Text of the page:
December 2018: Journal of Health and Social Behavior
Michael J McFarland, John Taylor, Cheryl A S McFarland, Katherine L Friedman
Police maltreatment, whether experienced personally or indirectly through one's family or friends, represents a structurally rooted public health problem that disproportionately affects minorities. Researchers, however, know little about the physiological mechanisms connecting unfair treatment by police (UTBP) to poor health. Shortened telomeres due to exposure to this stressor represent one plausible mechanism. Using data from a community sample of black (n = 262) and white (n = 252) men residing in Nashville-Davidson County, we test four hypotheses: (1) Black men will be more likely to report UTBP than white men, (2) those reporting UTBP will have shorter telomeres than those not reporting UTBP, (3) this association will be more pronounced among black men, and (4) these hypotheses will extend to those who report vicarious UTBP...
December 2018: Journal of Health and Social Behavior
Sara Rubin, Nancy Burke, Meredith Van Natta, Irene Yen, Janet K Shim
No abstract text is available yet for this article.
December 2018: Journal of Health and Social Behavior
Corinne Reczek, Lauren Gebhardt-Kram, Alexandra Kissling, Debra Umberson
Marriage benefits health in part because spouses promote one another's well-being, yet how spouses facilitate formal healthcare (e.g., doctor's visits, emergency care) via what we call healthcare work is unknown. Moreover, like other aspects of the marital-health link, healthcare work dynamics likely vary by gender and couple type. To explore this possibility, we use in-depth interviews with 90 midlife gay, lesbian, and heterosexual spouses to examine how spouses perform healthcare work. Our results show that in heterosexual marriage, women perform the bulk of healthcare work and typically do so in coercive ways...
December 2018: Journal of Health and Social Behavior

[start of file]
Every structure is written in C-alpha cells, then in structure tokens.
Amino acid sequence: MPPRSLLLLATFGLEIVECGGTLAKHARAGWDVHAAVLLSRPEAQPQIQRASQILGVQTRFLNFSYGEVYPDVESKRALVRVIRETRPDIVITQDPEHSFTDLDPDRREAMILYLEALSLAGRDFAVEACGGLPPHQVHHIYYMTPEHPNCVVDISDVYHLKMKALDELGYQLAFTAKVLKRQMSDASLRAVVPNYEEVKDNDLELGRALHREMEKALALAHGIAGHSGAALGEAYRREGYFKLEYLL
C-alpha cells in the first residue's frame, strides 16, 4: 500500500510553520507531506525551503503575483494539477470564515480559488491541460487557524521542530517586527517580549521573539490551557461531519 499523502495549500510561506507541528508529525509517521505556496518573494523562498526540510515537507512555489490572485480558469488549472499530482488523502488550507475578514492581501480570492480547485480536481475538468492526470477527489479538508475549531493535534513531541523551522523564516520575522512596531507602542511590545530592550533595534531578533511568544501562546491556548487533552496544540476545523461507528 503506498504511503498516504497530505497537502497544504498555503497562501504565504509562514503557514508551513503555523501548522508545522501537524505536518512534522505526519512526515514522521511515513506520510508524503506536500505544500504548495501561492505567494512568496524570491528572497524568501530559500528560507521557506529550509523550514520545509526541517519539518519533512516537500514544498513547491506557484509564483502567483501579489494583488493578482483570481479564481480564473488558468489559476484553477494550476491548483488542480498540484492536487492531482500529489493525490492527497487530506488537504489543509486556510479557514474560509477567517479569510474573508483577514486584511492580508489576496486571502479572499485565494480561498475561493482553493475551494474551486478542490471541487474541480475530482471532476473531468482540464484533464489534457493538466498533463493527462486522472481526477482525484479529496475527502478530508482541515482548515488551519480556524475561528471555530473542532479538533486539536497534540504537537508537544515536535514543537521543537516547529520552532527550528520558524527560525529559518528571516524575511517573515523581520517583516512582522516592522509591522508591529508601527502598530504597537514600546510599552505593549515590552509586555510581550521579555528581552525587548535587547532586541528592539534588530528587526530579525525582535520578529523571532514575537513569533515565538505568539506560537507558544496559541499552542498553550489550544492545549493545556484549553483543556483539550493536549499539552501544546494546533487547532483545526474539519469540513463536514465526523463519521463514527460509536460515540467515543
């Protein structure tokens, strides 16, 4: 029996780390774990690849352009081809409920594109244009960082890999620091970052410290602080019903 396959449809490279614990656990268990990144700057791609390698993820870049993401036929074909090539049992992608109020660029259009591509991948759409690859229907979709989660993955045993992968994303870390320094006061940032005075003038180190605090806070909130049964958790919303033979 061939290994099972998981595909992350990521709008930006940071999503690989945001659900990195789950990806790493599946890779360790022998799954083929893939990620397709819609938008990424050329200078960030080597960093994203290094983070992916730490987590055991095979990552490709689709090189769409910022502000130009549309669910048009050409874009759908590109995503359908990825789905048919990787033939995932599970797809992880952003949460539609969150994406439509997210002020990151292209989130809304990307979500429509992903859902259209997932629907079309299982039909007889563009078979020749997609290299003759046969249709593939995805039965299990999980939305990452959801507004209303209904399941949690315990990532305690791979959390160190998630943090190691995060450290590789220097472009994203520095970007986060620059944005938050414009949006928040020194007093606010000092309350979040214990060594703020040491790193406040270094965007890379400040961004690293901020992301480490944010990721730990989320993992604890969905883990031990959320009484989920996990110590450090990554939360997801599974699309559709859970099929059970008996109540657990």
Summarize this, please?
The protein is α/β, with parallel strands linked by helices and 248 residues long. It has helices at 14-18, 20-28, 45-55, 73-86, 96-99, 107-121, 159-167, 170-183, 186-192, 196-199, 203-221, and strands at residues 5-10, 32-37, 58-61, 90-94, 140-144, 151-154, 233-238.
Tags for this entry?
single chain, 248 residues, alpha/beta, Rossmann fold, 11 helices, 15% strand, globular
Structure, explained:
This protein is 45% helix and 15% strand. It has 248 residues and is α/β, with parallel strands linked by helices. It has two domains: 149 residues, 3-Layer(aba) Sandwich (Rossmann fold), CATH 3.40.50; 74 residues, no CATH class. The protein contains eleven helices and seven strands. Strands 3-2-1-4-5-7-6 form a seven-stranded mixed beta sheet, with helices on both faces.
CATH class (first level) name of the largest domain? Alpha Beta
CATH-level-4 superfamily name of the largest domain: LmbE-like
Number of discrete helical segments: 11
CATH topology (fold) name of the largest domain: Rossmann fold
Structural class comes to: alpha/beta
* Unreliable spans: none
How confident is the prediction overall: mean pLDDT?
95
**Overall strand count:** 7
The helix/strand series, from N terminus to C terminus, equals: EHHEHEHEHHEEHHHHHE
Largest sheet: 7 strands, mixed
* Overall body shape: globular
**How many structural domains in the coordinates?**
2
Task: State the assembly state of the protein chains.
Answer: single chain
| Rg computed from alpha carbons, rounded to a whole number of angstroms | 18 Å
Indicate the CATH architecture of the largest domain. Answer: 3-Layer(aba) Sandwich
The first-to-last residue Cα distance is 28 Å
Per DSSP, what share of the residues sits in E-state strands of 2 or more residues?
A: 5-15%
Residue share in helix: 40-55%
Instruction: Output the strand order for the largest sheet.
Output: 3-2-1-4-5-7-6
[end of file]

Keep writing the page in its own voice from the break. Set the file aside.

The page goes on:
Molly Dondero, Jennifer Van Hook, Michelle L Frisco, Molly A Martin
Immigrant health assimilation is often framed as a linear, individualistic process. Yet new assimilation theory and structural theories of health behavior imply variation in health assimilation as immigrants and their families interact with different US social institutions throughout the day. We test this idea by analyzing how two indicators of dietary assimilation-food acculturation and healthy eating-vary throughout the day as Mexican children in immigrant households consume food in different institutional settings...
December 2018: Journal of Health and Social Behavior
Christine Percheski, Jess M Meyer
Poor health may destabilize romantic unions by impeding fulfillment of family responsibilities, increasing stress, and causing financial strain. We hypothesized that the associations of health characteristics with union stability for parenting couples vary by the gender of the partner in poor health and the couple's marital status because of gender and marital status differences in family responsibilities and health-related coping behaviors. Using longitudinal data from the Fragile Families and Child Wellbeing Study (n = 2,997), we examined how three health measures predicted union dissolution for urban married and cohabiting couples with young children...
December 2018: Journal of Health and Social Behavior
Michaela Curran, Matthew C Mahutga
Cross-national empirical research about the link between income inequality and population health produces conflicting conclusions. We address these mixed findings by examining the degree to which the income inequality and health relationship varies with economic development. We estimate fixed-effects models with different measures of income inequality and population health. Results suggest that development moderates the association between inequality and two measures of population health. Our findings produce two generalizations...
December 2018: Journal of Health and Social Behavior
Dana L Haynie, Corey Whichard, Derek A Kreager, David R Schaefer, Sara Wakefield
No abstract text is available yet for this article.
September 2018: Journal of Health and Social Behavior
Dana L Haynie, Corey Whichard, Derek A Kreager, David R Schaefer, Sara Wakefield